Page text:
If such a vote is initiated by one of the owners, it will really put them to the test, and we will see how real the “outrage” we’ve heard from them the last few days really is. That is why I believe for now Sterling will only face a suspension and a fine, but it won’t end there. Commissioner Silver will make the only move he can make at the moment, but as pressure builds from the likes of President Obama down to Magic, MJ, and LeBron, something will have to give. I think behind closed doors the owners will turn up the heat on Sterling, as he’s bad for business right now, and when Doc Rivers resigns this summer and players demand trades, the Clippers will risk falling back to irrelevance. It is likely in Sterling’s nature to fight tooth and nail to keep his franchise, but Munson goes on to explain his lack of legal recourse:
“When Silver issues his punishment to Sterling, the decision is final. The constitution provides in Paragraph 24(m) that a commissioner’s decision shall be “final, binding, and conclusive” and shall be as final as an award of arbitration. It is almost impossible to find a judge in the United States judicial system who would set aside an award of arbitration. Sterling can file a lawsuit, but he would face a humiliating defeat early in the process. There is no antitrust theory or principle that would help him against Silver and the NBA. He could claim an antitrust violation, for example, if he were trying to move his team to a different market. But under the terms of the NBA constitution, he has no chance to succeed in litigation over punishment.”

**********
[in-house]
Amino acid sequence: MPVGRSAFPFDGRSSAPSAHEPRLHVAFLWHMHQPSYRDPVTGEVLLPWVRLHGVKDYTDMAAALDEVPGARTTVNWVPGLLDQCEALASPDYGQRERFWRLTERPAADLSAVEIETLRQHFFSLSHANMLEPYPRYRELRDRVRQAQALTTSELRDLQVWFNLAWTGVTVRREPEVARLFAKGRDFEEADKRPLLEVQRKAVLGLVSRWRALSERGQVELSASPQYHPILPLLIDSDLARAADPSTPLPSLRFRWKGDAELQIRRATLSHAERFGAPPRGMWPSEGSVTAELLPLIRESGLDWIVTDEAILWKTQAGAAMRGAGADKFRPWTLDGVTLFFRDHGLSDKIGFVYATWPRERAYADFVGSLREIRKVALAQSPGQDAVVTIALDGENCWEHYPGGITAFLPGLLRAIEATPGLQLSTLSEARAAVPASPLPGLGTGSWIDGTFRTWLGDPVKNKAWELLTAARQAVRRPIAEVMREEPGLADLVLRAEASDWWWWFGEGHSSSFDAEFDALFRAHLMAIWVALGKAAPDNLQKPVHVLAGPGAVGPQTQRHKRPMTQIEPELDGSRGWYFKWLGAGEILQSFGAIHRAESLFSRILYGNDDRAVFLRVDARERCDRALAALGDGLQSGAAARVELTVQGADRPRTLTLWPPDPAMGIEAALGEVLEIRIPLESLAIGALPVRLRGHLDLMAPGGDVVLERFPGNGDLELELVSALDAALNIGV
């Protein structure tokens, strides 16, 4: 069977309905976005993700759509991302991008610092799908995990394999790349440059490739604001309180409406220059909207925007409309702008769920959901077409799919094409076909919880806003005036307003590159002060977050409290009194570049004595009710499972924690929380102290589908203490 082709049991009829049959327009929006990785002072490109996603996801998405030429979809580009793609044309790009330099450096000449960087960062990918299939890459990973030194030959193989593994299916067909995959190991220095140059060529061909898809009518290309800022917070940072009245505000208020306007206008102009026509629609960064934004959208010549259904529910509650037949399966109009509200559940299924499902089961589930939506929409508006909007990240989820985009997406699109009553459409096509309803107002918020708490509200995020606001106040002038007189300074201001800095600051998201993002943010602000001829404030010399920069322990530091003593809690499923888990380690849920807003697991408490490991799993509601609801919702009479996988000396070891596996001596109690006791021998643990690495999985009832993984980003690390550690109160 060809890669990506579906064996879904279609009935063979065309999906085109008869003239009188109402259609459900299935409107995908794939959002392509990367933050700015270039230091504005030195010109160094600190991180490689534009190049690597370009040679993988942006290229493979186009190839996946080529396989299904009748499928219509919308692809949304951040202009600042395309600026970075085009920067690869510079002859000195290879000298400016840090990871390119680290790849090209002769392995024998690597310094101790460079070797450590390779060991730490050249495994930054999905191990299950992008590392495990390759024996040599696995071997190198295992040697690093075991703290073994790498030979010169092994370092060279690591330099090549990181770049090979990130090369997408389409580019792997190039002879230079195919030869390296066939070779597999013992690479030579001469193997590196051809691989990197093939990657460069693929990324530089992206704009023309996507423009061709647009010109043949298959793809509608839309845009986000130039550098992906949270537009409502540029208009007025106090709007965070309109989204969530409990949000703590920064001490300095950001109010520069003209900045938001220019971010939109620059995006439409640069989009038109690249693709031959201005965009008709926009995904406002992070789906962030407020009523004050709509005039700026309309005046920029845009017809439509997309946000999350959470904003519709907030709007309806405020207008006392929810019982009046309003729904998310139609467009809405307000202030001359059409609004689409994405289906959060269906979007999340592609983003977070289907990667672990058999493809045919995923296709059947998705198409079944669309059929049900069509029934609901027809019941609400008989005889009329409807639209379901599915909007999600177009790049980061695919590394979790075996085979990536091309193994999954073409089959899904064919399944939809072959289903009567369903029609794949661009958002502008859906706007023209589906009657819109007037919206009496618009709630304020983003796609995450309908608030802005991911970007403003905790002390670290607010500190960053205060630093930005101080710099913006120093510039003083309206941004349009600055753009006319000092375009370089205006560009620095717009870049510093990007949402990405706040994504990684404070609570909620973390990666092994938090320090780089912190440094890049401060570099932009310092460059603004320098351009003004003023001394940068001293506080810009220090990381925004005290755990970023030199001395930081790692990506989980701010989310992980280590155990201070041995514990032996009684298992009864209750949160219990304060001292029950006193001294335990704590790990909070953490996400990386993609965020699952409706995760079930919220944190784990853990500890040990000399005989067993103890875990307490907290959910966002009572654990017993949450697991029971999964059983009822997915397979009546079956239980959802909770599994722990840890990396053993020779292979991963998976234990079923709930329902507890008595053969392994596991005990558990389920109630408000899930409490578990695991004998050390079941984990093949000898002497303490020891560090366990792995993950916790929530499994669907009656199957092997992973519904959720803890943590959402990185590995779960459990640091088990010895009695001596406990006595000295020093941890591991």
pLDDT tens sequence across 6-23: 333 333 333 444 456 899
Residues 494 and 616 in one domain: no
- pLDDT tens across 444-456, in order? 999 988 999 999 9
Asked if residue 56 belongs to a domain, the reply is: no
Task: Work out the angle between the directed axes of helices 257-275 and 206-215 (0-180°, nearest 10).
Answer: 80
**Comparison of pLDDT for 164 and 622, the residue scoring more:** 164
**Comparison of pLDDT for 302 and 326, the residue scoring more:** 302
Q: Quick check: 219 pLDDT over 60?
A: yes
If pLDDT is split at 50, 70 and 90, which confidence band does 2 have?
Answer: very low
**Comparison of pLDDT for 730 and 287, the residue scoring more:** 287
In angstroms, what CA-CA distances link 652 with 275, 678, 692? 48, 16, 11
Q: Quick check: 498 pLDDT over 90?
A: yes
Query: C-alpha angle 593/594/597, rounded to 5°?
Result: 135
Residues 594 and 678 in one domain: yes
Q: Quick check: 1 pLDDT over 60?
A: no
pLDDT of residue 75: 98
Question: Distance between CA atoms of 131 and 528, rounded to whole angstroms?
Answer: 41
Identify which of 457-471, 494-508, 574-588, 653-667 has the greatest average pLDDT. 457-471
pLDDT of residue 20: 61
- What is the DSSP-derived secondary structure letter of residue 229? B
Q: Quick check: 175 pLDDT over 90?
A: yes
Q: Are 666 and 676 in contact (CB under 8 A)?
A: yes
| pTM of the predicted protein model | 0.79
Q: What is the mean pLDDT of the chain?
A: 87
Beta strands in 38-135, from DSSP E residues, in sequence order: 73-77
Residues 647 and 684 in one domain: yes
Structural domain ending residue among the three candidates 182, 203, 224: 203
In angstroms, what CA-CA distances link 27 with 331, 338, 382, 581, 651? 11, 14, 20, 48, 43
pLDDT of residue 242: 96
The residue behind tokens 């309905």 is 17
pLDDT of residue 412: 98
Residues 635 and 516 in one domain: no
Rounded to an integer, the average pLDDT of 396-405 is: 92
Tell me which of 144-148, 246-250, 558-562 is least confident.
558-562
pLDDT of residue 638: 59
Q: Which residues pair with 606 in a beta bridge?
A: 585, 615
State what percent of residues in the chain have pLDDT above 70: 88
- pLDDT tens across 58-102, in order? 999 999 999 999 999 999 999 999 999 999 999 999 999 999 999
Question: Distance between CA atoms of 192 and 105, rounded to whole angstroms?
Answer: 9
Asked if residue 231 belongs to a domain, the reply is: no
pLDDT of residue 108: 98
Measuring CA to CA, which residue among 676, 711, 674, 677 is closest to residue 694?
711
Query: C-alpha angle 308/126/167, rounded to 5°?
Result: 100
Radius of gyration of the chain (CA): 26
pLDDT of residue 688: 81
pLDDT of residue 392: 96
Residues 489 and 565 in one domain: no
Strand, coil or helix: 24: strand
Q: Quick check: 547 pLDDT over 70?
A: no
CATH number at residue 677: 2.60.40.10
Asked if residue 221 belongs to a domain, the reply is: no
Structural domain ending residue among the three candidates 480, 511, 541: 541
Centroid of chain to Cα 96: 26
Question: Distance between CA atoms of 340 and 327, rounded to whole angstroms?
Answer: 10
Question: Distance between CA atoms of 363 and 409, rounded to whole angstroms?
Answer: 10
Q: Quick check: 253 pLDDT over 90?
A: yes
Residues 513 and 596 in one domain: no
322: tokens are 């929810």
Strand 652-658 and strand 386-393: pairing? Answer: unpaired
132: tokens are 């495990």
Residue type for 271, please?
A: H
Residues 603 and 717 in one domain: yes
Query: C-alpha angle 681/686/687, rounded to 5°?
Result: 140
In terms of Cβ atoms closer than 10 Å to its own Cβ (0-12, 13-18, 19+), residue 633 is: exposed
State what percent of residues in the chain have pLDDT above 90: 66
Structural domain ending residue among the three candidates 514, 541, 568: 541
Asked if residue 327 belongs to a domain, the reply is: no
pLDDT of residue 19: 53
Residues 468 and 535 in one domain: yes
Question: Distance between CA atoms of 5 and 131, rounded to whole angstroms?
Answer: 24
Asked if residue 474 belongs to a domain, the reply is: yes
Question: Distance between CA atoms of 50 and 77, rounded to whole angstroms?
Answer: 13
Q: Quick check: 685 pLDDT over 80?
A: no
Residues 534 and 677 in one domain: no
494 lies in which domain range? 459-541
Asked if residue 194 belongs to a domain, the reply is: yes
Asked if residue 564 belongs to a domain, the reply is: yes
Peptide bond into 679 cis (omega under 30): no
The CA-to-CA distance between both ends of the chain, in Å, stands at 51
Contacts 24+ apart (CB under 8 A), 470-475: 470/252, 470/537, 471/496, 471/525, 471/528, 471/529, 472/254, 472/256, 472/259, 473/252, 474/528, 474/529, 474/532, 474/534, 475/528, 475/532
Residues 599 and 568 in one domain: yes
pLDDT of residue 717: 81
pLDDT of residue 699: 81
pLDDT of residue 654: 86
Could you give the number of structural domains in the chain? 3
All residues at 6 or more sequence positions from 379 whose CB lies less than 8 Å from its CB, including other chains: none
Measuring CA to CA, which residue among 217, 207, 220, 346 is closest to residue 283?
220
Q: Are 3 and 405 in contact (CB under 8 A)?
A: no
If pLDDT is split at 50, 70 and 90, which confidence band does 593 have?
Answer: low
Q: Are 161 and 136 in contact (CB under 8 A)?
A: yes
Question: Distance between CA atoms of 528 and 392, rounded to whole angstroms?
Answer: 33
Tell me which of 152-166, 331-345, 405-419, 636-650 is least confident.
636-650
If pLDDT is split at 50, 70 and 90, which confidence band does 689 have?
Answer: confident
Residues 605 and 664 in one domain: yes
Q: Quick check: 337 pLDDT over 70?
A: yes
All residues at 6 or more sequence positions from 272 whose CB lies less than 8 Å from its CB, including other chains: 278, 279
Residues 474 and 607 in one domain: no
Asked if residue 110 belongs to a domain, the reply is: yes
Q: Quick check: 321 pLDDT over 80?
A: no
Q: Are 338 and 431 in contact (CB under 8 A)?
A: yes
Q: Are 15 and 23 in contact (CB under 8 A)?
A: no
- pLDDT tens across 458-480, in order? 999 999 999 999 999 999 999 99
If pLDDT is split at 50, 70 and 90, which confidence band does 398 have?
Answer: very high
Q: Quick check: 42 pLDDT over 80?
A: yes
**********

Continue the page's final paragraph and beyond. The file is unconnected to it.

I don’t believe the owners will immediately kick him out, but as sponsors, coaches, and players drop like flies, eventually we will see the last of Donald Sterling.
This next post stems from a discussion I heard on sports radio this week, between WFAN’s Mike Francesa and Ira Winderman, who covers the Heat for the Sun-Sentinel. They were discussing the possibility of the Thunder losing their first round matchup to the Grizzlies, and how hollow the MVP award would be when given to Kevin Durant after a first round upset. Francesa believed the award should be voted on after the Conference Finals, since the MVP of the Finals would receive the Bill Russell award.
My initial reaction was that it wouldn’t matter much when the award is decided, because the MVP can usually carry his team to the Finals anyway. Upon further review, that’s not exactly the case. The MVP award has been handed out 58 times, not including this year’s presumptive winner, Kevin Durant. Of the 58, 30 have gone on to play in the Finals, while 28 exited early. That is 51.7% to 48.3%, so regular season MVP’s have only gone on to play in the NBA Finals in a slight majority of the time.